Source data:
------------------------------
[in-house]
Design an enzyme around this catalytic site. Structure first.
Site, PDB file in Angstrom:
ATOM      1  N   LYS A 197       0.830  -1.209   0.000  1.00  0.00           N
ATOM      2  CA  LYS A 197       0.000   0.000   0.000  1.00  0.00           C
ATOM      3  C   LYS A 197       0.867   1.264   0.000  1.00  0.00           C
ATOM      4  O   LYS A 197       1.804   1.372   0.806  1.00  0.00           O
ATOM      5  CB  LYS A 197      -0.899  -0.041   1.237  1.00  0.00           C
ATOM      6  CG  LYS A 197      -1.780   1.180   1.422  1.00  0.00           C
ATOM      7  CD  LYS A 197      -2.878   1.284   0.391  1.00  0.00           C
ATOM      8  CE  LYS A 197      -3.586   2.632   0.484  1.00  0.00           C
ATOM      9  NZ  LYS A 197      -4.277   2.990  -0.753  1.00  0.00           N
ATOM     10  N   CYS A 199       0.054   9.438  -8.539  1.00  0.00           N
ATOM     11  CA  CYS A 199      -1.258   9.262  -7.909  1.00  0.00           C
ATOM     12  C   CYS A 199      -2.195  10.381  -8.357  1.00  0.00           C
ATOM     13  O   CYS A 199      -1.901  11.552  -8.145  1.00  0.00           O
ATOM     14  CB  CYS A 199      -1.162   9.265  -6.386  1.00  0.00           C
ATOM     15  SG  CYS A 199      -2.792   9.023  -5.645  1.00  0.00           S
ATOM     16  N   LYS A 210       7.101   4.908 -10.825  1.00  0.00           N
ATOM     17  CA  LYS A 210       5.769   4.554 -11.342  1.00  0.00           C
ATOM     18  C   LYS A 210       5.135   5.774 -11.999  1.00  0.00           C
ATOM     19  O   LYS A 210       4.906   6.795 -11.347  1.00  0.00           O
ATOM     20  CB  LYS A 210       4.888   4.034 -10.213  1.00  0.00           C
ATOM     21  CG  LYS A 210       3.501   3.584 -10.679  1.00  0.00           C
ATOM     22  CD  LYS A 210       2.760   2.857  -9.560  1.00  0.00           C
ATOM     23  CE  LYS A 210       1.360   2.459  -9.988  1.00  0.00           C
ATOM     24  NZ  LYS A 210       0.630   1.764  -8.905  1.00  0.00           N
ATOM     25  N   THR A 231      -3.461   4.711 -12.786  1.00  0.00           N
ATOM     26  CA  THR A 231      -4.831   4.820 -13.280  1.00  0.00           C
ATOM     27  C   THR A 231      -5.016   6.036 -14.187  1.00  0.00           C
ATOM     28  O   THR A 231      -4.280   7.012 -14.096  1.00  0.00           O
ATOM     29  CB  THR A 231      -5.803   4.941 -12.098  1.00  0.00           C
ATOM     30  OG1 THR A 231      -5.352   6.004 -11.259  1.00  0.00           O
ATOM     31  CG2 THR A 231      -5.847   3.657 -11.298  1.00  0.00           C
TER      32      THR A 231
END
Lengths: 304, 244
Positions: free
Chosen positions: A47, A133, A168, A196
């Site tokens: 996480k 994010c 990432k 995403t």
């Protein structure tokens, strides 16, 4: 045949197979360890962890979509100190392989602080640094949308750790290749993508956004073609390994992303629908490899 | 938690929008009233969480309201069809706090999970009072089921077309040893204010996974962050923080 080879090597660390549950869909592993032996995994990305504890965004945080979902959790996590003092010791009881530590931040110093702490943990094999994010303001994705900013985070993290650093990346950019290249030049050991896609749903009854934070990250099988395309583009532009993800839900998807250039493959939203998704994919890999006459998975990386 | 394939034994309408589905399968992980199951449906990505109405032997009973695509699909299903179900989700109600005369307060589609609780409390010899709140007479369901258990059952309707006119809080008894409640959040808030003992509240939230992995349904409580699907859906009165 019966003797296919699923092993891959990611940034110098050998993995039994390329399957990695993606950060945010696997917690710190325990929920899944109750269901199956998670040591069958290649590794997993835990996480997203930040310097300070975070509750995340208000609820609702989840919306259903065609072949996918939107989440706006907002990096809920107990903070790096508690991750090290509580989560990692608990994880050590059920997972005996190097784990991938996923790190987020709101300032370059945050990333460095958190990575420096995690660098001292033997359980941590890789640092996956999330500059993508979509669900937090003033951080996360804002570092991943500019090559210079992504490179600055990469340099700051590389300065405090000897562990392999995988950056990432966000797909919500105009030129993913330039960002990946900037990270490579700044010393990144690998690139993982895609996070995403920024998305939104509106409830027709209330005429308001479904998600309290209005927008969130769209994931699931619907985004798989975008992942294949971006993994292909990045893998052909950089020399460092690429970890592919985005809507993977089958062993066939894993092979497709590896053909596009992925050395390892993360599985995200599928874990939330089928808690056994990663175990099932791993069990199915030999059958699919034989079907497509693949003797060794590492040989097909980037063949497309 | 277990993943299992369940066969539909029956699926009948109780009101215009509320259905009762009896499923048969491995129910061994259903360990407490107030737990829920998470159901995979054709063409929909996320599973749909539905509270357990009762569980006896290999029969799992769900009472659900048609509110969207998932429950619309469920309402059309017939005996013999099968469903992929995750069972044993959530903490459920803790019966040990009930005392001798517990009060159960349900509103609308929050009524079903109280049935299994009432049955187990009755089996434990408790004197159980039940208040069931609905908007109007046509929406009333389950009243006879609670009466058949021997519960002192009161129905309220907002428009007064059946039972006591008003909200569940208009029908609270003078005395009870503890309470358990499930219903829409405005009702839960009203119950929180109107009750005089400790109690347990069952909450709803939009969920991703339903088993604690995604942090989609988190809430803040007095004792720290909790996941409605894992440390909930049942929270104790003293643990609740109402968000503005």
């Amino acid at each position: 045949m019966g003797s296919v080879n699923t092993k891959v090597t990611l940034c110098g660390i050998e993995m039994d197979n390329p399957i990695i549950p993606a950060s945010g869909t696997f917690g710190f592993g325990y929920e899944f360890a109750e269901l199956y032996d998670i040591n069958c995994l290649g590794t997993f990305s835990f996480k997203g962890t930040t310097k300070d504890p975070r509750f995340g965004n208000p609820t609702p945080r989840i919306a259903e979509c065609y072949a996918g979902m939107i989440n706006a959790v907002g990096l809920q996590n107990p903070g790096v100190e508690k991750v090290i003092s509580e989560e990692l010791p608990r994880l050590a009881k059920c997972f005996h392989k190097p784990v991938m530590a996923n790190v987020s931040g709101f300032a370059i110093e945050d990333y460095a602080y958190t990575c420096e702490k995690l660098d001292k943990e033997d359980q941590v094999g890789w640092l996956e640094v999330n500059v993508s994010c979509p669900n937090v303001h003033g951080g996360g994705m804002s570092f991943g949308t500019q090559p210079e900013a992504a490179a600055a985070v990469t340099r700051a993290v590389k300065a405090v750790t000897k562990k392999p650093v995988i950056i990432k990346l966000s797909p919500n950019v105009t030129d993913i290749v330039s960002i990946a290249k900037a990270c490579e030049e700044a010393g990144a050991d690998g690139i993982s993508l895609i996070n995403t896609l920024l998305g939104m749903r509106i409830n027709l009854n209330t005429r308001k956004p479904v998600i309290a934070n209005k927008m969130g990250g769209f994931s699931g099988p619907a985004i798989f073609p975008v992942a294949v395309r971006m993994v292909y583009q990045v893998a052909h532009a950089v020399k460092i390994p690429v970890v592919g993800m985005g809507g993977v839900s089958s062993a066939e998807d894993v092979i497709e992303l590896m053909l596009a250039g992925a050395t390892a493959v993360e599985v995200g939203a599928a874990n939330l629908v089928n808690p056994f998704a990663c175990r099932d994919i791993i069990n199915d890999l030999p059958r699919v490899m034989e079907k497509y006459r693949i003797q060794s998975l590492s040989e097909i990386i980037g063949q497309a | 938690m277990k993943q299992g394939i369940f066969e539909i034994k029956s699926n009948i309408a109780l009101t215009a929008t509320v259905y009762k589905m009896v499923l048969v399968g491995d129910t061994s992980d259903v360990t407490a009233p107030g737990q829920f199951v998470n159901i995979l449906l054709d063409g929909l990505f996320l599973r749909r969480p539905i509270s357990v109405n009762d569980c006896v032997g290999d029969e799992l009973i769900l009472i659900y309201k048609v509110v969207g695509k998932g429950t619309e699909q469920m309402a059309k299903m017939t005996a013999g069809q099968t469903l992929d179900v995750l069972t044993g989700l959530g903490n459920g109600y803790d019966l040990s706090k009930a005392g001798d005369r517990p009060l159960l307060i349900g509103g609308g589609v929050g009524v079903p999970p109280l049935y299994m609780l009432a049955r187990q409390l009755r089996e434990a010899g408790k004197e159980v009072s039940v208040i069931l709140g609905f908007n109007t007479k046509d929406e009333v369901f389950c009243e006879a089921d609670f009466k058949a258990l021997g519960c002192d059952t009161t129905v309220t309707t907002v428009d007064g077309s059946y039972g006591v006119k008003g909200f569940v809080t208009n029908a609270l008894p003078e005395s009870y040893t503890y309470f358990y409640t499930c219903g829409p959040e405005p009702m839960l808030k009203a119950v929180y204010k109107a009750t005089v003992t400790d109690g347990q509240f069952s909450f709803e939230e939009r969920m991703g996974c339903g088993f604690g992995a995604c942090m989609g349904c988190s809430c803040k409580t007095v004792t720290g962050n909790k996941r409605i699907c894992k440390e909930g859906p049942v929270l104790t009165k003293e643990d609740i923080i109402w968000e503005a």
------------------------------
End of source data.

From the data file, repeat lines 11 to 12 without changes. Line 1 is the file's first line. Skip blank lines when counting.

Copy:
ATOM      8  CE  LYS A 197      -3.586   2.632   0.484  1.00  0.00           C
ATOM      9  NZ  LYS A 197      -4.277   2.990  -0.753  1.00  0.00           N